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Can I Ask About Gun Ownership for My Safety?

Dermatology TimesDermatology Times, December 2023 (Vol. 44 No. 12)
Volume 44
Issue 12

Dr Derm has recently been sued by a patient for simply asking the question “Do you own a gun?” He seeks legal advice.

“Dr Derm” has become increasingly concerned about the number of mass shootings in the US. He has established an office policy that has his staff ask patients whether they own a gun. If a patient acknowledges having a weapon, they are not allowed to bring the weapon to the office. Dr Derm has recently been sued by a patient for simply asking the question “Do you own a gun?” He seeks legal advice. Is Dr Derm not allowed to ask such a simple question?

9dreamstudio/Adobe Stock

9dreamstudio/Adobe Stock

Such a question arose in Florida. In Wollschlaeger v Governor of Florida, physicians and physician interest groups brought an action against the governor of Florida alleging that Florida’s 2011 Privacy of Firearm Owners Act (the “Act”), which prohibits asking patients whether they own guns, violated the physicians’ constitutional right to freedom of speech. The Act, as originally written, restricted irrelevant inquiry and record-keeping by physicians about patients’ use and possession of firearms. The Act instructed health care providers to refrain from inquiring about whether the patient owns firearms unless the provider believes in good faith that the information is relevant to the patient’s medical care or safety or to the safety of others. Similarly, the Act stated that health care providers may not intentionally enter information about a patient’s ownership of firearms into the patient’s medical record that the practitioner knows is not relevant to the patient’s medical care or safety or to the safety of others.

The Act also stated that a physician shall not discriminate against a patient on the basis of the patient’s ownership of firearms and that providers must “refrain from unnecessarily harassing a patient about firearm ownership.” Violations of the Act, as originally ruled, could have lead to disciplinary action including fines, restriction of practice, probation, and suspension or revocation of a medical license.

Four days after the Florida governor signed the Act into law, physicians filed an action alleging that the inquiry, record-keeping, discrimination, and harassment provision of the Act violated, among other things, their First Amendment right to free speech. The court first noted that the essence of the Act was that medical practitioners should not record information or inquire about a patient’s firearm ownership status when doing so is not necessary to provide the patient with good medical care. The court said that the Florida legislature’s motivation for passing the Act was that it had received complaints from patients who claimed they were afraid that their doctors may be sharing their medical information, including information about firearm ownership, with third parties, including “government bureaucrats.” The Act, as originally noted, was meant to protect a patient’s ability to withhold information from his doctor, which would ordinarily be stymied by the power imbalance between doctor and patient.

At the time, the court deemed gun ownership that is not relevant to patient health and safety to be a private issue into which a doctor should not transgress, stating that “the practice of good medicine should not require inquiry into private matters unless such inquiry is necessary for the practice of good medicine.”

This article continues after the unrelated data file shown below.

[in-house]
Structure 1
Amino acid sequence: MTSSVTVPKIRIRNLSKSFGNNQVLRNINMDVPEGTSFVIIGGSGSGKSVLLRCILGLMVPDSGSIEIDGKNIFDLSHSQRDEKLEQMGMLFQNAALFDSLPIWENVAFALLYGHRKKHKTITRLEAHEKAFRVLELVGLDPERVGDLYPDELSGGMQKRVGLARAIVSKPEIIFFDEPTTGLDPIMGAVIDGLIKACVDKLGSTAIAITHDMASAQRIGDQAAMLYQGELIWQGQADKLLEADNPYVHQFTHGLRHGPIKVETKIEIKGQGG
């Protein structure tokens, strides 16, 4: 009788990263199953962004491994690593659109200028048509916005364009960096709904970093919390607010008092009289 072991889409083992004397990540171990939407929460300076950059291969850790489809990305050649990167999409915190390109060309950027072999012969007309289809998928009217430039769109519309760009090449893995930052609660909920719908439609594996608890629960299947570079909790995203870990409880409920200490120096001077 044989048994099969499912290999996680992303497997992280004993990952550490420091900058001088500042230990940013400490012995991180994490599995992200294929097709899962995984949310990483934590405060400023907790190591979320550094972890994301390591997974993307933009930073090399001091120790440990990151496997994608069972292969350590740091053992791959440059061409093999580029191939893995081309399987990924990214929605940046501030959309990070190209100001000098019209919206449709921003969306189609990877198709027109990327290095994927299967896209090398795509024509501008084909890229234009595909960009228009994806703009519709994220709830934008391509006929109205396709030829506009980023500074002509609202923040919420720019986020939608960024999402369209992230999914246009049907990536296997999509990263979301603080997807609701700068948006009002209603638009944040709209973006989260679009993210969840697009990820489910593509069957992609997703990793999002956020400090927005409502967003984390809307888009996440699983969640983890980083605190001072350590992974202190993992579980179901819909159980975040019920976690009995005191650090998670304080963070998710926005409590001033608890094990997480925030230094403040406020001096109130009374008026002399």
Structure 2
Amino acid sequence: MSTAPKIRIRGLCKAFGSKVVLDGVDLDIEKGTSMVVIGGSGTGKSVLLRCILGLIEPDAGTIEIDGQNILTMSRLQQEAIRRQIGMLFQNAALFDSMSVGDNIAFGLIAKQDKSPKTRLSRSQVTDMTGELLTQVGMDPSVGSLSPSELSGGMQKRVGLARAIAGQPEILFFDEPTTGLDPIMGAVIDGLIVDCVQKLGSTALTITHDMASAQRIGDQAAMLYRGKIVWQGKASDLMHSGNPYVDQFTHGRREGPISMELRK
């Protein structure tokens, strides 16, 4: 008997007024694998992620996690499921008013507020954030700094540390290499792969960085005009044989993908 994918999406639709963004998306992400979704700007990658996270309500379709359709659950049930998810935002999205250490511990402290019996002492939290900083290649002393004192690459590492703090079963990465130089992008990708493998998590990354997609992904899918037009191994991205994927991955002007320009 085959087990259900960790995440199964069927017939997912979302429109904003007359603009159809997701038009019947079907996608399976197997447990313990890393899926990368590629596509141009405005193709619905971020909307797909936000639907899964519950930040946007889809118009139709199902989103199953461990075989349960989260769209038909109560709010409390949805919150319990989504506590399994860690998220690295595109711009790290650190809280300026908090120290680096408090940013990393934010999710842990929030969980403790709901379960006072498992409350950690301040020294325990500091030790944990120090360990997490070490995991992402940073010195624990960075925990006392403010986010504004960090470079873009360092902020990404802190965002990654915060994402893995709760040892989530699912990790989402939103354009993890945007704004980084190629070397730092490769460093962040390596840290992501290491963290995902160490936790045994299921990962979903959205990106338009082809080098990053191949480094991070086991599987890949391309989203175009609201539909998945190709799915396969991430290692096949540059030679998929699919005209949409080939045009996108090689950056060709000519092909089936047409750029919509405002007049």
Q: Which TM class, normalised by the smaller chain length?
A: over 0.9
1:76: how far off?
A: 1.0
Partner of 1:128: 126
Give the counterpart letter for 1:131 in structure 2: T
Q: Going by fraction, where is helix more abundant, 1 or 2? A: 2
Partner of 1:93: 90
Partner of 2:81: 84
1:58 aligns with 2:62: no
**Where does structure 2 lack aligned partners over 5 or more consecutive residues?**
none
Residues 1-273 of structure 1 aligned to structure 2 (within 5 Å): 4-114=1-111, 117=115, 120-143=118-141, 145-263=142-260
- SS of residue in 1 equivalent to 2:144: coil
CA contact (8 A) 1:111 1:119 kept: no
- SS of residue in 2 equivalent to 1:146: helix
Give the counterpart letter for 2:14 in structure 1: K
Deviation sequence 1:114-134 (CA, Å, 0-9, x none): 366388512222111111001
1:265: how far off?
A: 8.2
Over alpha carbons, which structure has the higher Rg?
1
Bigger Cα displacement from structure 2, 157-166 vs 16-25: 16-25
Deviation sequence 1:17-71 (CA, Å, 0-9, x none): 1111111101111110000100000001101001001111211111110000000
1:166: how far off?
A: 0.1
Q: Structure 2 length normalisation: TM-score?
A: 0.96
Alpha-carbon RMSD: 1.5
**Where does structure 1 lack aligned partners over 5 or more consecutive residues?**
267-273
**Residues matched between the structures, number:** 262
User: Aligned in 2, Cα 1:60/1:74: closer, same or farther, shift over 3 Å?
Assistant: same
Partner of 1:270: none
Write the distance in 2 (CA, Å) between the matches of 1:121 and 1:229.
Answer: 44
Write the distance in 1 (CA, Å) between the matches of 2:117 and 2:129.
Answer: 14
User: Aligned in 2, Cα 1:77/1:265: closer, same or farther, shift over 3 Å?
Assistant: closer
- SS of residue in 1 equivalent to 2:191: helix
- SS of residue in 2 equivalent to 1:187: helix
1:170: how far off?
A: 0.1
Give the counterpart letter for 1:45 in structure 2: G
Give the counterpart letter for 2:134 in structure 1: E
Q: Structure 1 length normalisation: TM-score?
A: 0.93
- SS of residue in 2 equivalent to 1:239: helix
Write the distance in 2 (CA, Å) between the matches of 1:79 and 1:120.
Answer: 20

In regard to the claim that the Act infringed on physicians’ right to free speech, the court originally stated that the Act was “a valid regulation of professional conduct that has only an incidental effect on physician free speech—it was not a regulation designed to regulate speech.”

The issue at hand was whether the Act was designed to regulate professional conduct of physicians or to regulate their free speech.

In 2017, the United States Circuit Court of Appeals for the Eleventh Circuit overturned the ruling with a 10 to 1 vote. The panel concluded that clinicians could not be threatened with losing their licenses for asking patients if they owned guns to determinesafety and wellbeing of a patient. Members of the medical community arguing the original ruling in a case that came to be known as “Docs v Glocks,” said that questions about gun storage were crucial to public health because of the relationship between firearms and both the suicide rate and the gun-related deaths of children.

If Dr Derm practices in Florida—and perhaps other states—the court would agree that he could counsel patients on gun safety, if he had reason to believe it would impact treatment, safety, and wellbeing of the patient. The federal appeals court ruled 1 part of the original law on patient discrimination was still constitutional. That portion of the law states that Dr Derm can not deny service to patients who own guns.


Wollschlaeger v. Governor of Florida. ACLU of Florida. October 26, 2020. Accessed November 17, 2023. https://www.aclufl.org/en/cases/wollschlaeger-v-governor-of-florida

David J. Goldberg, MD, JD, is medical director of Skin Laser and Surgery Specialists of New York and New Jersey; director of cosmetic dermatology and clinical research at Schweiger Dermatology Group in New York, New York; and clinical professor of dermatology and past director of Mohs Surgery and Laser Research at the Icahn School of Medicine at Mount Sinai in New York, New York.

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